Best Practices for Freelance Business – Part 2

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Last month’s column described how we freelancers can improve our productivity and work environment by borrowing some elements from the structure and organization of the corporate form and culture. Please note that I said "some" — not all. Our goal should be to leverage the flexibility of being a "staff of one", and continually revise our structures and rules as soon as they become out of date.

This kind of constant change may sound like a prescription for chaos, but it’s not. We have a roadmap that gives us direction and focus. We simply realize that to navigate a business terrain that’s in constant flux, we need to be willing to change our map whenever circumstances dictate. Despite these changes, the basic process of:

  • reading your map,
  • determining your position, and
  • charting your new course

remain the same.

In part 2 of this article we’ll discuss five of the most basic practices that can help keep your business on course.

Best Practice 5: Monitor key operating metrics

The difference between monitoring your key operating metrics and "trusting your gut," is the difference between measuring a surgical incision and just cutting until it "feels right." You may have a good feel for your business, but without tangible numbers, you’ll have a hard time conducting even the most basic analysis of what’s going right or wrong.

While big companies devote entire departments to the production of colorful reports, you can probably get by with a simple Excel spreadsheet. In my consulting practice, I track a number of key metrics on a weekly basis, including new contacts initiated, proposals written, and contracts signed. By comparing my numbers from week to week, I can better understand the health of my business, and whether or not my latest promotion is working. The numbers also help keep me on track, even when I’m dealing with the distractions of working from my home office.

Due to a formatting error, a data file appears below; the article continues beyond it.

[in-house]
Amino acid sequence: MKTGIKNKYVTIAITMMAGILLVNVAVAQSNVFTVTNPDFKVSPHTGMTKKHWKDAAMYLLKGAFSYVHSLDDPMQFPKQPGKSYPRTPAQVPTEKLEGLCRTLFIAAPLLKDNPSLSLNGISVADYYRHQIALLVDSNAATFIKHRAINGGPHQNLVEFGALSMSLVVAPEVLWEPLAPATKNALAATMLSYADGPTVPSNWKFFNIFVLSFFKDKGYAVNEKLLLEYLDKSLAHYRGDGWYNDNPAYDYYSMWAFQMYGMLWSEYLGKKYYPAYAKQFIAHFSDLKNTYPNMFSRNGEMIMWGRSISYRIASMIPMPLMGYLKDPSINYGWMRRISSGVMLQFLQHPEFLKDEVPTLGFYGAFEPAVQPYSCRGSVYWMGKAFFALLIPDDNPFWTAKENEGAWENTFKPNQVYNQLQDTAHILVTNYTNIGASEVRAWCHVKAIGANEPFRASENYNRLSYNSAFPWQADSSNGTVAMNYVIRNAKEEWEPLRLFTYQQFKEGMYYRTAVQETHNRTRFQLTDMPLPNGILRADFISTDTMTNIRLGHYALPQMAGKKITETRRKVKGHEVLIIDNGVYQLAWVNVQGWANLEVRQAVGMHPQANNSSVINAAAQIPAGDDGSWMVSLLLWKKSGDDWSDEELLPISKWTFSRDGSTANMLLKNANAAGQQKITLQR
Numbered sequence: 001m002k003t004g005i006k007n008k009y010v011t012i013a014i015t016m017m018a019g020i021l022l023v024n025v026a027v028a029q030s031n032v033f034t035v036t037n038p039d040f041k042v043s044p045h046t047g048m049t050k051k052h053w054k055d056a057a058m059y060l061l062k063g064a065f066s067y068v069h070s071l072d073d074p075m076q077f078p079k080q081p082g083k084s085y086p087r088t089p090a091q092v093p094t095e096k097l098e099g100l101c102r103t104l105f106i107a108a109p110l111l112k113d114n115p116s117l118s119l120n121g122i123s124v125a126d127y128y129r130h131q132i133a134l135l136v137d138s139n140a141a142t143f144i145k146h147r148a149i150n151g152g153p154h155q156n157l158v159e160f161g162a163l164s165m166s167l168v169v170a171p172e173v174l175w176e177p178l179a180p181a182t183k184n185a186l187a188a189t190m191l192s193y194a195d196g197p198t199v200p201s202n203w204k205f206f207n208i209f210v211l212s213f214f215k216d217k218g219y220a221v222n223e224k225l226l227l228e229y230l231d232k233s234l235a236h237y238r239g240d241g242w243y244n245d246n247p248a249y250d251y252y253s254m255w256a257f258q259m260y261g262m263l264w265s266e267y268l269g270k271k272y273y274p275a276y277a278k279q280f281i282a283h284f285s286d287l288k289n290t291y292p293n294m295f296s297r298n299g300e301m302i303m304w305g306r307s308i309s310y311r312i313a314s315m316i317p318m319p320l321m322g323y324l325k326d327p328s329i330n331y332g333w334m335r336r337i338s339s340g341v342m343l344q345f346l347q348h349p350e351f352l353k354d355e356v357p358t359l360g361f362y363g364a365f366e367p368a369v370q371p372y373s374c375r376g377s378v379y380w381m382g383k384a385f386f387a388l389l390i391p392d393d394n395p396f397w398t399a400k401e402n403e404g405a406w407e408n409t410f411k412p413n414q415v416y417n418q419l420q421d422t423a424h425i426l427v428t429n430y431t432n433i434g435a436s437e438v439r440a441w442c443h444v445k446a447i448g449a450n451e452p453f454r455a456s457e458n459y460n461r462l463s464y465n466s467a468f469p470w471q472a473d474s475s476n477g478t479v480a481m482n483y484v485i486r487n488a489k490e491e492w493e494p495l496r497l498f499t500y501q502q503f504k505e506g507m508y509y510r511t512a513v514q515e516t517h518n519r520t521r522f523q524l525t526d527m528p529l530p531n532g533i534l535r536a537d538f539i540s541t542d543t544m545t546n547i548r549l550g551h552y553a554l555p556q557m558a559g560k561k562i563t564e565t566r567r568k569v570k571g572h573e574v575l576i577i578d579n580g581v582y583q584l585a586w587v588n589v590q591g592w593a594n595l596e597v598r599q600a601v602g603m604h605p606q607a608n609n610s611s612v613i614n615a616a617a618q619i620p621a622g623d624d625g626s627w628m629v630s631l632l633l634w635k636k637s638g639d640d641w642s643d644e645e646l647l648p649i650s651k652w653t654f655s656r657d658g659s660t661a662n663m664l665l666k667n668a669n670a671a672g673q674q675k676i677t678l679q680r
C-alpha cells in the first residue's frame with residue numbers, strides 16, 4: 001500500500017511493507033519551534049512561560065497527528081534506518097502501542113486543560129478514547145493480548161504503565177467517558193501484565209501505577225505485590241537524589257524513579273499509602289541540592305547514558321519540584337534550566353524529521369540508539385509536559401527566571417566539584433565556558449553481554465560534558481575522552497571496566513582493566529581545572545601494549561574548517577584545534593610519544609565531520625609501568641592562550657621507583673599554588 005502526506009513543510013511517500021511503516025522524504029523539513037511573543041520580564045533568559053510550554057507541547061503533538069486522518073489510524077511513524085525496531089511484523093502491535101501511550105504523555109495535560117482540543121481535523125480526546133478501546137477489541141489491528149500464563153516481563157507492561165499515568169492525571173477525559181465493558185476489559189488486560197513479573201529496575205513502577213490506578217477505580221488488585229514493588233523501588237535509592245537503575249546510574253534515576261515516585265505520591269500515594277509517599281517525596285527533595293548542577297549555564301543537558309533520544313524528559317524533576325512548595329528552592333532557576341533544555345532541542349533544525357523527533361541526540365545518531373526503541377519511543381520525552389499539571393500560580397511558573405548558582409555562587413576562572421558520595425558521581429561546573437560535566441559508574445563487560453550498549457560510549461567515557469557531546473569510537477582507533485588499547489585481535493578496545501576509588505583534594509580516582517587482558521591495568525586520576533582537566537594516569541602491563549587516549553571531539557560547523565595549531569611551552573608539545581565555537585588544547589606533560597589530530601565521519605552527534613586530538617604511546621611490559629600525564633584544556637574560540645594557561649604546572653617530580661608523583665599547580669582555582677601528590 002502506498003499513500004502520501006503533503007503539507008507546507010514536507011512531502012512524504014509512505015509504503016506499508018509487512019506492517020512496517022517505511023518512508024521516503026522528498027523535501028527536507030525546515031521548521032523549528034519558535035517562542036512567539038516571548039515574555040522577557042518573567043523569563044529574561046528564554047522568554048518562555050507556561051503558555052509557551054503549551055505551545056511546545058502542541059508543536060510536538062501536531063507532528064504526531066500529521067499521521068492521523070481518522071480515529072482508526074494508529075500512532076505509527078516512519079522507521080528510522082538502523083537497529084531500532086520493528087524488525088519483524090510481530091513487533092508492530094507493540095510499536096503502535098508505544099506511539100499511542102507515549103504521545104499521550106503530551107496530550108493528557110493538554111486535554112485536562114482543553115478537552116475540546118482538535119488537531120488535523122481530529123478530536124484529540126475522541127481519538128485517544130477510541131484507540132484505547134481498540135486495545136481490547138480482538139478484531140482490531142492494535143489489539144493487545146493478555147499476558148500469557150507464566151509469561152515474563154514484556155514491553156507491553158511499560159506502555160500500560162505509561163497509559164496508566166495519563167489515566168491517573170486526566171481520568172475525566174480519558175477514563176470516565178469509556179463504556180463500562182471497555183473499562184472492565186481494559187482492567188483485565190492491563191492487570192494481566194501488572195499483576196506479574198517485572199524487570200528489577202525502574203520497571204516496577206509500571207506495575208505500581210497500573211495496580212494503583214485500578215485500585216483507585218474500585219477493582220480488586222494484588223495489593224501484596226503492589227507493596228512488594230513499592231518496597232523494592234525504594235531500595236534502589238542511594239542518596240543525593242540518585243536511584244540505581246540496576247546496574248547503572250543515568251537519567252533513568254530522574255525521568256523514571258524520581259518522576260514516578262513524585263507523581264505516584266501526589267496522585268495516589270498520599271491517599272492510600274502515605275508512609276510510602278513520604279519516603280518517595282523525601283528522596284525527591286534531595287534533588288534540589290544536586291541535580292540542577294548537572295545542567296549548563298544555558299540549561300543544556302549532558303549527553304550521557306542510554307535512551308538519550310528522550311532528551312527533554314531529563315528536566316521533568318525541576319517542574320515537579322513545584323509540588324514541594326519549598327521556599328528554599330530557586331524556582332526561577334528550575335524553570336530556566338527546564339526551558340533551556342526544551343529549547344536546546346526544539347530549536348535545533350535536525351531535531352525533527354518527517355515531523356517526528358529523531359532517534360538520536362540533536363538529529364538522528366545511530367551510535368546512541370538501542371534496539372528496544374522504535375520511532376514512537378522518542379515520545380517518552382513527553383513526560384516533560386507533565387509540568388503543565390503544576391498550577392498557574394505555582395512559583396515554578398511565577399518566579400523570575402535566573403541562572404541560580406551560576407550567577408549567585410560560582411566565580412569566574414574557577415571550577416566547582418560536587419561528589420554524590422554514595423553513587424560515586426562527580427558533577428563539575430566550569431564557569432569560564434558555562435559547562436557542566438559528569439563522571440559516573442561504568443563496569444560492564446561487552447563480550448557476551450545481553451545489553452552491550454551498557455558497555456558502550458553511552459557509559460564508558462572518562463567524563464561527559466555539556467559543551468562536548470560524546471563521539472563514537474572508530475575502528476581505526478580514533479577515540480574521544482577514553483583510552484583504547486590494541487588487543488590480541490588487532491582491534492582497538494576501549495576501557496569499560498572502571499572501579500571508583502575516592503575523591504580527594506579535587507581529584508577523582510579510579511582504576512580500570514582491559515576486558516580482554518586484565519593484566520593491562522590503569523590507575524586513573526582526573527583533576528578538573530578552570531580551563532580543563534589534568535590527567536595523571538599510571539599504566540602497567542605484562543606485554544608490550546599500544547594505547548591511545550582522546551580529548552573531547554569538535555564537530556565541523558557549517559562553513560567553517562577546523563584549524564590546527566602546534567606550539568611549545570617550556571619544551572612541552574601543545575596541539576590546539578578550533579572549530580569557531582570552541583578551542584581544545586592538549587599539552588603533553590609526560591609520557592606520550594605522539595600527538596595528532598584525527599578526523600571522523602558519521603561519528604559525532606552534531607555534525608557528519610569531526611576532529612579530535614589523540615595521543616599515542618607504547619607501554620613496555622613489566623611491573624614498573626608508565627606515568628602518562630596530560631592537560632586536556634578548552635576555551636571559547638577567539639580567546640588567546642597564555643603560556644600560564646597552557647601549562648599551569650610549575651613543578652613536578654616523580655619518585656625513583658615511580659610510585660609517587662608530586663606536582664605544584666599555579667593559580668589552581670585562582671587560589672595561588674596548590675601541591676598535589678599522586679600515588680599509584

Best Practice 4: Hold regular staff meetings

It may sound silly to hold staff meetings when the Chairman is me, the CEO is myself, and the Secretary is I, but the discipline is vital. Think about what happens in a staff meeting: the participants set aside a sizeable block of distraction-free time to discuss every aspect of the business.

When was the last time you set aside two uninterrupted hours to reflect on the issues that face your business? Honestly, have you spent even 30 minutes reflecting without receiving an email, answering the phone, or working on a specific project? I didn’t think so. So once a week, leave your computer, turn off your cell phone, put together an agenda, and hold a staff meeting. You’ll be surprised at the results.

Best Practice 3: Take a systematic approach to sales and marketing

This is a best practice that most Fortune 500 companies don’t get right, let alone us lone wolves. The fact that sales and marketing doesn’t require an engineering degree doesn’t mean that there isn’t method to the madness. Sales-oriented companies know that the best way to generate scalable sales is to adopt a systematic approach.

Far too often, we freelancers rely on the "ASP" approach to marketing ourselves: Acquaintances, Spam, and Prayer. We ask our friends — or worse yet, perfect strangers — to help us find gigs. Then we pray that they’ll make the effort to market our services with discipline and rigor so that we don’t have to. Doesn’t make much sense, does it?

The approach I use for my practice is straightforward, even simplistic, but it provides sorely-needed structure and discipline. I focus on three core sales and marketing processes:

  1. lead generation,
  2. lead qualification, and
  3. closing the sale.